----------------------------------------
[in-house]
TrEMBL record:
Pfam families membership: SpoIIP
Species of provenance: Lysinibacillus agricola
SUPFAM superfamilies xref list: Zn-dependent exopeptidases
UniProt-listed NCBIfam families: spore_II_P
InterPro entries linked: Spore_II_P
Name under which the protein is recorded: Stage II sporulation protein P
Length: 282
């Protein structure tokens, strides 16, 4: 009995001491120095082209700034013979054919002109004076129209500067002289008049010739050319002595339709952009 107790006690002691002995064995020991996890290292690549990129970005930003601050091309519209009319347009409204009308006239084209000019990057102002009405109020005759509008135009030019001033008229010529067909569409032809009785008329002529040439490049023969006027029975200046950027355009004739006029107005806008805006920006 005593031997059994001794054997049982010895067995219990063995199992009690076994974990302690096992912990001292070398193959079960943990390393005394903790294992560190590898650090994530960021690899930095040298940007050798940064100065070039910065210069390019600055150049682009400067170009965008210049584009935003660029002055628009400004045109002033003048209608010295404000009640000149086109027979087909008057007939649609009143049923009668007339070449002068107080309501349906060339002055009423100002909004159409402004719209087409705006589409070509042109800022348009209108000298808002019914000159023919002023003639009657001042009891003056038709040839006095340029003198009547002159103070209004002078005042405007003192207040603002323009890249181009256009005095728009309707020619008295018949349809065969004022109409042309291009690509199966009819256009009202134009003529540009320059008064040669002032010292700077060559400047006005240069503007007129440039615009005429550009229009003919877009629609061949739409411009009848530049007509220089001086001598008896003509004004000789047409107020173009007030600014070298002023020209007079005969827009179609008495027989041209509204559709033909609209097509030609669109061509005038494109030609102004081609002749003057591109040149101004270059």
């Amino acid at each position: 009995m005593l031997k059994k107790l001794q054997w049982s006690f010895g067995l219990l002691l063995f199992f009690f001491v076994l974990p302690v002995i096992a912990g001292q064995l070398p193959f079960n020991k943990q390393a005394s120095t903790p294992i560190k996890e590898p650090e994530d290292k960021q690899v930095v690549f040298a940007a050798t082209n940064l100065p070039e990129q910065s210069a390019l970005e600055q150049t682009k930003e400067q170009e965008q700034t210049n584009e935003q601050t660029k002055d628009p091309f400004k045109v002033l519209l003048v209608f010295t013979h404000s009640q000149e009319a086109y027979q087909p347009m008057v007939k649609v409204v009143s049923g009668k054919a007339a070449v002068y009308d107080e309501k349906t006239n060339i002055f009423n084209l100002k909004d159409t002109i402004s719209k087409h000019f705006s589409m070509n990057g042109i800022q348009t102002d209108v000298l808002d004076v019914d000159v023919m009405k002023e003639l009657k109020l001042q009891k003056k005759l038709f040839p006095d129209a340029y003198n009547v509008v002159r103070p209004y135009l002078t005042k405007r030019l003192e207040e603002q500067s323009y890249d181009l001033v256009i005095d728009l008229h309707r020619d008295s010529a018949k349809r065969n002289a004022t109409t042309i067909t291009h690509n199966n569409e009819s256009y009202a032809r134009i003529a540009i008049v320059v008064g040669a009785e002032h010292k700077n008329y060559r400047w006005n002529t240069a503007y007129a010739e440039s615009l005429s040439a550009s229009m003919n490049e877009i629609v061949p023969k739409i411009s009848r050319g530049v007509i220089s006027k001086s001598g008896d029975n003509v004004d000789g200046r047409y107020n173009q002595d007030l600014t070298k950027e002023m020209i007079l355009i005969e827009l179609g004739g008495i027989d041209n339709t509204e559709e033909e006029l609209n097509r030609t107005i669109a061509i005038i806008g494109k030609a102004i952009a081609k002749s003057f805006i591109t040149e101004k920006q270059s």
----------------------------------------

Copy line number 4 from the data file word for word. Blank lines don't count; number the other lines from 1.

Species of provenance: Lysinibacillus agricola